Clifford J. Cunningham says that William Herschel believes the moon was inhabited.

Clifford J. Cunningham

Clifford J. Cunningham, ed., The Scientific Legacy of William Herschel (Cham: Springer International Publishing Switzerland, 2018), 251–252

Clifford J. Cunningham
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Herschel was convinced that not only the Moon but also the planets and their satellites are inhabited. For example, in a paper on Mars, he repeatedly mentioned its inhabitants, and in another paper he casually referred to “the inhabitants of the satellites of Jupiter, Saturn, and the Georgian planet [Uranus].”34 Moreover, when one finds that after the discovery of the asteroids Ceres and Pallas, Herschel reported his observations that they “have an atmosphere of considerable extent,”35 one suspects that his passion for extraterrestrials may have influenced this spurious observation.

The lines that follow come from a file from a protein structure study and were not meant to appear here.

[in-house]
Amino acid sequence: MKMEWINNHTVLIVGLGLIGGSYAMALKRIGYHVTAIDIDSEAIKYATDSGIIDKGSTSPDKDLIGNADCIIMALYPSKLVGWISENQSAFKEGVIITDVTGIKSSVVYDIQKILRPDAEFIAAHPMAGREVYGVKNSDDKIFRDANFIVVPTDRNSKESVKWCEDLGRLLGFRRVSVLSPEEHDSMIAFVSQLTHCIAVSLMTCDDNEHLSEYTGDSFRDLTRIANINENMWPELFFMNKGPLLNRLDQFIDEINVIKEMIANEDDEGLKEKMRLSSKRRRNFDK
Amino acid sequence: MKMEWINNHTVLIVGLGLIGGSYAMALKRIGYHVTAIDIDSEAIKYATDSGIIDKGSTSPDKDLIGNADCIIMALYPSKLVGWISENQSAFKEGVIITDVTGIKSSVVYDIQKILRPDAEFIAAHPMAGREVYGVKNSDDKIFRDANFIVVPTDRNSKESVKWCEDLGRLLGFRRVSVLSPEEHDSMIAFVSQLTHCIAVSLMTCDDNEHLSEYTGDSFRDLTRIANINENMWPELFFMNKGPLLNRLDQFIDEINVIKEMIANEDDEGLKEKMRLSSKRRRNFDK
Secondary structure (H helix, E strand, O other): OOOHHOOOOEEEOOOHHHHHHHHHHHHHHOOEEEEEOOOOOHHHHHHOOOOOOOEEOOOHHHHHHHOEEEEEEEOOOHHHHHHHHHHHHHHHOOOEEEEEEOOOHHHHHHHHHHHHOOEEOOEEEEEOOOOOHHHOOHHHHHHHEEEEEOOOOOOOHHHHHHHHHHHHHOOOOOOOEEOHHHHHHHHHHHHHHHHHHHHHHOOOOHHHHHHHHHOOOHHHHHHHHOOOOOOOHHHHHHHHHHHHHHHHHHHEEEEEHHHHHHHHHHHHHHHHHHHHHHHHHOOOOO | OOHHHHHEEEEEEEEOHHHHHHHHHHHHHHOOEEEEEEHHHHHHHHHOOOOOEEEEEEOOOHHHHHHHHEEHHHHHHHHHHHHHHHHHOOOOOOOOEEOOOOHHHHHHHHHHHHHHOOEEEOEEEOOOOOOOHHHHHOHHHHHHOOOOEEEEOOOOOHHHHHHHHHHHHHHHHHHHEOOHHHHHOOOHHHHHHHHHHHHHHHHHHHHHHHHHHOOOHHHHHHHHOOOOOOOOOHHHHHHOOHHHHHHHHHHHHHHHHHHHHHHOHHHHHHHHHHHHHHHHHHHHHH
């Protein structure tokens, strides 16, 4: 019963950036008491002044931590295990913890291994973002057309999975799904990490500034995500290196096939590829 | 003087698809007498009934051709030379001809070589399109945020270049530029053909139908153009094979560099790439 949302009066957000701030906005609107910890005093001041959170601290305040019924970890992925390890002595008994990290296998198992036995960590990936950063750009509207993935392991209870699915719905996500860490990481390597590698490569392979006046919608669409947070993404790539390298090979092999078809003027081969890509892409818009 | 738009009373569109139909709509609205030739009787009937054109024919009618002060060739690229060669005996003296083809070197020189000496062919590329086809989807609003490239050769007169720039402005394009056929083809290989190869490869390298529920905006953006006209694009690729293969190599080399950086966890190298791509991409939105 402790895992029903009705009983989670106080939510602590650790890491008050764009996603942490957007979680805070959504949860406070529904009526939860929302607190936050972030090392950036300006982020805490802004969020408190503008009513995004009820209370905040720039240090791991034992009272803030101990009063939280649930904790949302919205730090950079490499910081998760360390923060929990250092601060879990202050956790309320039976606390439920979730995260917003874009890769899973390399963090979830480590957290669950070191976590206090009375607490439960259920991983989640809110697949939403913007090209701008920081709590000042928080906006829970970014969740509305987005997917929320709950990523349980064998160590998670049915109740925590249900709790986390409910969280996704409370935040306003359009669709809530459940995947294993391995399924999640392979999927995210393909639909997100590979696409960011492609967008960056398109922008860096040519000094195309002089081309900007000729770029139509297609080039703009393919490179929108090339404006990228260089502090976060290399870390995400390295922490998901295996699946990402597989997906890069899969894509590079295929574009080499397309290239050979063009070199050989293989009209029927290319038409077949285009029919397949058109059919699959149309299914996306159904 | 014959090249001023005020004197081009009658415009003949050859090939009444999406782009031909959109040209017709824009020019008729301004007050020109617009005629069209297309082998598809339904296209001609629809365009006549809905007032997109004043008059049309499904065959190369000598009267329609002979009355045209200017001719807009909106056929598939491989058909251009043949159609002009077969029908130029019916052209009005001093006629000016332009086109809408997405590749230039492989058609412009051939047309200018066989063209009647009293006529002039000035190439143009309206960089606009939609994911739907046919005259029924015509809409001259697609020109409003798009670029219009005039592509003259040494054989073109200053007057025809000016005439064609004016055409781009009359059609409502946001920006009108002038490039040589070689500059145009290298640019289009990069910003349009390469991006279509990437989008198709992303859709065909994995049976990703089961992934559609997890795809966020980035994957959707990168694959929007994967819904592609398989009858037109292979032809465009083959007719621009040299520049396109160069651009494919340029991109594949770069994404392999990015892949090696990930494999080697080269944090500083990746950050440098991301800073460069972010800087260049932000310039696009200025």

Herschel believed, at least during the 1780s, that stars are suns surrounded by inhabited planets. For example, in a 1789 paper, he stated that stars are suns and commented that each sun “is probably of as much consequence to a system of planets, satellites, and comets, as our own sun….”36

Herschel was very interested in variable stars. In a 1779 manuscript, for example, Herschel attempted to explain the variability of the star Mira Ceti by associating a giant planet with it, the planet eclipsing the star. Moreover, in a 1783 publication, Herschel justified his observations of the variable star Algol by claiming that such observations could serve to verify the existence of “a plurality of solar and planetary systems.”37 Although admitting in a 1791 paper that such extra-Solar System planets “can never be perceived by us,”38 he nonetheless stated in 1795 that:

[S]ince stars appear to be suns, and suns, according to the common opinion, are bodies that serve to enlighten, warm, and sustain a system of planets, we may have an idea of numberless globes that serve for the habitation of living creatures.39
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